A Review of ACL Acerno

I haven’t been able to find any reviews of ACL Acerno, so I decided I better get to it.

What is Acerno?

According to ACL’s website, ACL Acerno is a Microsoft Excel Add-in that allows you to efficiently and easily investigate the results generated by ACL software or other sources and share your findings. For a quick overview, watch this video or check out the quick reference sheet (pdf)—-This info must have been removed when the software was updated.

Acerno is $250 per user.

Even if you don’t read the rest of this, if you’re an auditor, please take the poll at the end of this post.

What I Liked About Acerno

  • The Help File is excellent. It was clearer and easier to follow that the ACL Help File. That may be that Acerno is less complicated than ACL, or the team doing the documentation is getting better (or both).
  • Acerno was easy to learn. Part of this was due to the Help File, but I was able to use most of the functions just by looking at the quick reference sheet.
  • Columns added to an Acerno spreadsheet (like Notes, Status, and computed fields) are colored green so they stand out (hey ACL, do this for computed fields in the ACL tables and table layouts!).
  • When you define a computed field in Acerno, the Excel formula automatically copies the formula all the way down the column.
  • When you create additional tabs for data, Acerno names the tabs for you (and you can edit them). If your initial data tab is called Loans, when you create a new tab as you Define Data, the new tab is automatically named Loans_Acerno. When you Summarize that tab, it names the tab Loans_Acerno_Summarize, and so on.
  • When you click in a column of data, the data is automatically analyzed, and the results are displayed in the Acerno Panel. For date fields, the panel shows the oldest and newest dates, the mode, the date range, and more. For numeric fields, the panel provides the total amount, average amount, number of positive and negative amounts, etc. The number of blank values in the column is always displayed.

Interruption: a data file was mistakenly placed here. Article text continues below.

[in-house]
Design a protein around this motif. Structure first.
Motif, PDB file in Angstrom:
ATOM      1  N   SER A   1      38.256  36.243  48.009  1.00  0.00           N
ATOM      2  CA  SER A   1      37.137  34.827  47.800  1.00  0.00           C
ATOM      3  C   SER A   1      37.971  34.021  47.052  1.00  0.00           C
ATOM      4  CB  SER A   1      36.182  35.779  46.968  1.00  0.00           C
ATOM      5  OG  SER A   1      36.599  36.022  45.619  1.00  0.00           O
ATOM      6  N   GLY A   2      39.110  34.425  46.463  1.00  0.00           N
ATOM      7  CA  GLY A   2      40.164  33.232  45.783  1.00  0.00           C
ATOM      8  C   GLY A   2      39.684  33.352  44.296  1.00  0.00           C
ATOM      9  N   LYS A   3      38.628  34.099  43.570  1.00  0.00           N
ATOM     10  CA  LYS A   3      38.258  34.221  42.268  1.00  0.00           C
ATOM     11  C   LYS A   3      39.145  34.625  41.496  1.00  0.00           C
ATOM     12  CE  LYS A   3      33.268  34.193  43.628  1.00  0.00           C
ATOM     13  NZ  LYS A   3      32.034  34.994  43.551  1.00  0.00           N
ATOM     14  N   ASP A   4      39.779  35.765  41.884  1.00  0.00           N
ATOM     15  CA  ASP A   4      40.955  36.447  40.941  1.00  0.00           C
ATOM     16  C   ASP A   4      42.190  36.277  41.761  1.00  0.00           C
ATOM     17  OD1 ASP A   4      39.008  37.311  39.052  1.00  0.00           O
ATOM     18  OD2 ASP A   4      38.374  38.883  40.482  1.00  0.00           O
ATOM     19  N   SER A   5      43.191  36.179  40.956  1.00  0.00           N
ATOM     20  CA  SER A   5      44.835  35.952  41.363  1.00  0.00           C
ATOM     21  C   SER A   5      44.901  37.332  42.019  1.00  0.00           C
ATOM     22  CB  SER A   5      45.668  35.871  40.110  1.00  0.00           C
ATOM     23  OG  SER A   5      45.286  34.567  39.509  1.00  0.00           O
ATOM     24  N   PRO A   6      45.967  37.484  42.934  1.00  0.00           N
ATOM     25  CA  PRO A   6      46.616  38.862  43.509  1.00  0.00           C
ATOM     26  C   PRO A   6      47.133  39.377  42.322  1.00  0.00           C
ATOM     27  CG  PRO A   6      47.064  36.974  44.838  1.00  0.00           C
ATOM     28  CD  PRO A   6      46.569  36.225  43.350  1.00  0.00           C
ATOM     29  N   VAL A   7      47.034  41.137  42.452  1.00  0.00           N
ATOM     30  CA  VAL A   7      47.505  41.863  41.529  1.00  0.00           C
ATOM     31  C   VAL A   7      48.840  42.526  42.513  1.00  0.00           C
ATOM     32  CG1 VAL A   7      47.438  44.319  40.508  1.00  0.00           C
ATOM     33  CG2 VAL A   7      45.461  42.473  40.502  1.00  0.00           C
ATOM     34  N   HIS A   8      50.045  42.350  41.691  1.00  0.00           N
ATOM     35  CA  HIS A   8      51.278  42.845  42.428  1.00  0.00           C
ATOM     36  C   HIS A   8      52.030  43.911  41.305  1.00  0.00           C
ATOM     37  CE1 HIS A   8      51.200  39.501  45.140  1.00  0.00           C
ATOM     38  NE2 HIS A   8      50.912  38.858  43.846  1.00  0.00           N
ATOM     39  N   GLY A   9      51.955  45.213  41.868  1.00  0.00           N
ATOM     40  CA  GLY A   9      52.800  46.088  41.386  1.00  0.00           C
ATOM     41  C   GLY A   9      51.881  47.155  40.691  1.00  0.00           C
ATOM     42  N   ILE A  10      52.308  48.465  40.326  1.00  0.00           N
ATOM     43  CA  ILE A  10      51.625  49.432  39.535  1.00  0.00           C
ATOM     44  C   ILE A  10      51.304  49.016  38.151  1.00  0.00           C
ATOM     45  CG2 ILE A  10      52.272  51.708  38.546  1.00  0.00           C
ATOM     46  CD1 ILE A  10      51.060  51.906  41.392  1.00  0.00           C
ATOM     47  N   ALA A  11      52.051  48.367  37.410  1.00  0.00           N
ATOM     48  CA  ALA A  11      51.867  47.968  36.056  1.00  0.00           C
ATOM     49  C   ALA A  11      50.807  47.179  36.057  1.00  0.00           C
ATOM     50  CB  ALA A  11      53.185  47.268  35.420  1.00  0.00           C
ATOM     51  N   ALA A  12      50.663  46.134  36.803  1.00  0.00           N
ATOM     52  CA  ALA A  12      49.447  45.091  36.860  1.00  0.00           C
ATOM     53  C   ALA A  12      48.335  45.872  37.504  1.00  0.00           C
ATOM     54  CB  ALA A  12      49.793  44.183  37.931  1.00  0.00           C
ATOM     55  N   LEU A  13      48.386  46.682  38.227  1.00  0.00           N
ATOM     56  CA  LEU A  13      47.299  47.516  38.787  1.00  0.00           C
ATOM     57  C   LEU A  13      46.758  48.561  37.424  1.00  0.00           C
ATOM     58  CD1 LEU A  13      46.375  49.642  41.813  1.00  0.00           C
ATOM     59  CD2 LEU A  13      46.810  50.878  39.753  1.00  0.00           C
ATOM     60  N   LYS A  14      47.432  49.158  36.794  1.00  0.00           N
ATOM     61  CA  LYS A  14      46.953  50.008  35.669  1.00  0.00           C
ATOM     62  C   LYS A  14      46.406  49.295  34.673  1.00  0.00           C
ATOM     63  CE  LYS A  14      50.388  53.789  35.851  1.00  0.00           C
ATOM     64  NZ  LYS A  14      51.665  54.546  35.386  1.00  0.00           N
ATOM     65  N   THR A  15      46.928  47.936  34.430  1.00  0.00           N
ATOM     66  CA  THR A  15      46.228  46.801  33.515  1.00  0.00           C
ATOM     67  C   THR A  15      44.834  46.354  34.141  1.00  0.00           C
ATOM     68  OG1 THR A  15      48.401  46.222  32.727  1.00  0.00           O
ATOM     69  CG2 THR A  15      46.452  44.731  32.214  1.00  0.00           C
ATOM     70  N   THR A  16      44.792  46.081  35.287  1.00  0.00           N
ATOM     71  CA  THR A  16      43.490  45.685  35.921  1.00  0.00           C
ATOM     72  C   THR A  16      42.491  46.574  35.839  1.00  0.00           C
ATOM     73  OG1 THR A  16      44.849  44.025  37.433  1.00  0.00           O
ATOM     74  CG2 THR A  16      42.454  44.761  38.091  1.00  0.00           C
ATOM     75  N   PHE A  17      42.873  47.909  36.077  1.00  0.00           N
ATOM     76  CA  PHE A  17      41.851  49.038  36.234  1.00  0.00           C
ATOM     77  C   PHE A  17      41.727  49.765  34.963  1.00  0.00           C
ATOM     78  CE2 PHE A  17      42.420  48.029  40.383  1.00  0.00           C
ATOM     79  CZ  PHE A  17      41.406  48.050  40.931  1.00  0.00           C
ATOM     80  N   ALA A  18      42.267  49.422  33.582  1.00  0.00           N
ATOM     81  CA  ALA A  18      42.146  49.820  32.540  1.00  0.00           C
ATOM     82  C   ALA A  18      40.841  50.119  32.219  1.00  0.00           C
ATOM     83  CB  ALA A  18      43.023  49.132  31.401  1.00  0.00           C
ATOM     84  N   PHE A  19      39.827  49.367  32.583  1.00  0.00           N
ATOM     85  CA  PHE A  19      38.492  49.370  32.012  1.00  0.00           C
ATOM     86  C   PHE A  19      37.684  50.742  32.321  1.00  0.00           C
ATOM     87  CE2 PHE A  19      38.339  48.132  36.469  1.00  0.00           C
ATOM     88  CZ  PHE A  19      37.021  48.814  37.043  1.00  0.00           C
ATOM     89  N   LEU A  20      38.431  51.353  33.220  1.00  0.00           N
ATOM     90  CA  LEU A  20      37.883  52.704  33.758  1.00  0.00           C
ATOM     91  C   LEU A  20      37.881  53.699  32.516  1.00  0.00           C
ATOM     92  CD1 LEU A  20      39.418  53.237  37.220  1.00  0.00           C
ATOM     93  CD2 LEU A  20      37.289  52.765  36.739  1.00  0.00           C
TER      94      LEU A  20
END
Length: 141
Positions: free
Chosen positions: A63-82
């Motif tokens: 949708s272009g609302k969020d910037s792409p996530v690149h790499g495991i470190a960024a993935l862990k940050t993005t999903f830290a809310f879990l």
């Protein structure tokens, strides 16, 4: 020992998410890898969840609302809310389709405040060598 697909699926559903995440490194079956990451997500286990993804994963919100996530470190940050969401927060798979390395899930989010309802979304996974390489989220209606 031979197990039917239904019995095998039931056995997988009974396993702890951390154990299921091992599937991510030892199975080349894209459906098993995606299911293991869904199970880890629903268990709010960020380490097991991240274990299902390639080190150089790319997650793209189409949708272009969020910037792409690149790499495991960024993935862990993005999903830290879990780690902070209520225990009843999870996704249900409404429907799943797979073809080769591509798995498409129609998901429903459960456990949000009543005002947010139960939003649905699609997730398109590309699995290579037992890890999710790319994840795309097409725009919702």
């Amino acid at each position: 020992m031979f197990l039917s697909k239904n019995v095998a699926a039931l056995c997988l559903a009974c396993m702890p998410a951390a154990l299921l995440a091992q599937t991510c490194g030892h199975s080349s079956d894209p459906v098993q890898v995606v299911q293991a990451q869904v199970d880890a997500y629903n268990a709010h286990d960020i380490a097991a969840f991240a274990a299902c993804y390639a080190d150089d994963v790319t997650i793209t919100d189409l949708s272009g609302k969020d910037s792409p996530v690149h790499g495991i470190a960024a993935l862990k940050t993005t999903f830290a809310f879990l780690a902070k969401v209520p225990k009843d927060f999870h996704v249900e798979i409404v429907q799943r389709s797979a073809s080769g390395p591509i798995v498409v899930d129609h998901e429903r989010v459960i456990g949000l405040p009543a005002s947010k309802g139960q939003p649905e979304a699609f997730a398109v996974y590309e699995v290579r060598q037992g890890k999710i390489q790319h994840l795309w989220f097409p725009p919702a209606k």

• A table history is available for viewing and is inserted automatically at the bottom of each workpaper with basic information such as the source spreadsheet (file name), the number of records you started with, and the records that were output to the workpaper. If you used one or more filters, the filters are documented. But computed field formulas are not included, and ACL needs to add that feature to ACL Analytics.

What I Didn’t Like About Acerno

  • I couldn’t find a way to move the Acerno panel; it’s on the far right.
  • The Status and Notes columns are added to the first column on the left, but Computed Field columns are added to the last field on the right. Of course you can move the columns, but that’s where they appear when you add them.
  • Although you can customize the list of comments in the Status field, you have to remove the Status column and re-add it before your changes are available. If you’re halfway through your review, you’ll lose all the comments you’re previously entered.
  • Acerno isn’t available for non-English versions of Excel, but that should be addressed in the future.

What I Didn’t Understand

  • How does this fit into ACL’s acquisition of the workpaper business? Where are they going with Acerno?
  • What’s the deal with Acerno-izing a spreadsheet so that it’s read-only? I’ve never had that come up in an audit review. Does that mean that the rest of the world’s spreadsheets are not trustworthy? When you create a workpaper in Acerno, the result is not read-only. Audit departments are clamoring for this feature worldwide? Sure, it prevents you from accidentally overtyping data, but I’d add a button to turn this off.

Suggestions for ACL

  • As you did with Acerno, make computed fields in ACL a different color from imported fields (mentioned previously).